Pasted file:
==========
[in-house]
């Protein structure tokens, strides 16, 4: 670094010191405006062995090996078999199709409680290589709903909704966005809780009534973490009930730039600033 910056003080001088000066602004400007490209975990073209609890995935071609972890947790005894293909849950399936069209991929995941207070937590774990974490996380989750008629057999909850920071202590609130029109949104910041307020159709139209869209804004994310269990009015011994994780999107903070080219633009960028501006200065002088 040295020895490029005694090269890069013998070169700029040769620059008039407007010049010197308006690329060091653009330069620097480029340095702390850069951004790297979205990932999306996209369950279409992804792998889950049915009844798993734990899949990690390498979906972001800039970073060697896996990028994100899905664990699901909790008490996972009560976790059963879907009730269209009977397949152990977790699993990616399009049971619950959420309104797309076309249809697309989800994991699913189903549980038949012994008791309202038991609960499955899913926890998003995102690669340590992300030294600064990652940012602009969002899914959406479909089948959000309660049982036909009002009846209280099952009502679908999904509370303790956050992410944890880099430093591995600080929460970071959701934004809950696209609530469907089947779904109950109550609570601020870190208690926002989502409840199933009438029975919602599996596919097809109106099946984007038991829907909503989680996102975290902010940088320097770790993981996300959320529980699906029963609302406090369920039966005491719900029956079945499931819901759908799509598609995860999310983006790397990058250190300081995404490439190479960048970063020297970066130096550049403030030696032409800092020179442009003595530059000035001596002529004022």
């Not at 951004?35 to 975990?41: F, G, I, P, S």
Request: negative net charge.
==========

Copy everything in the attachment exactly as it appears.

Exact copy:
[in-house]
């Protein structure tokens, strides 16, 4: 670094010191405006062995090996078999199709409680290589709903909704966005809780009534973490009930730039600033 910056003080001088000066602004400007490209975990073209609890995935071609972890947790005894293909849950399936069209991929995941207070937590774990974490996380989750008629057999909850920071202590609130029109949104910041307020159709139209869209804004994310269990009015011994994780999107903070080219633009960028501006200065002088 040295020895490029005694090269890069013998070169700029040769620059008039407007010049010197308006690329060091653009330069620097480029340095702390850069951004790297979205990932999306996209369950279409992804792998889950049915009844798993734990899949990690390498979906972001800039970073060697896996990028994100899905664990699901909790008490996972009560976790059963879907009730269209009977397949152990977790699993990616399009049971619950959420309104797309076309249809697309989800994991699913189903549980038949012994008791309202038991609960499955899913926890998003995102690669340590992300030294600064990652940012602009969002899914959406479909089948959000309660049982036909009002009846209280099952009502679908999904509370303790956050992410944890880099430093591995600080929460970071959701934004809950696209609530469907089947779904109950109550609570601020870190208690926002989502409840199933009438029975919602599996596919097809109106099946984007038991829907909503989680996102975290902010940088320097770790993981996300959320529980699906029963609302406090369920039966005491719900029956079945499931819901759908799509598609995860999310983006790397990058250190300081995404490439190479960048970063020297970066130096550049403030030696032409800092020179442009003595530059000035001596002529004022």
């Not at 951004?35 to 975990?41: F, G, I, P, S």
Request: negative net charge.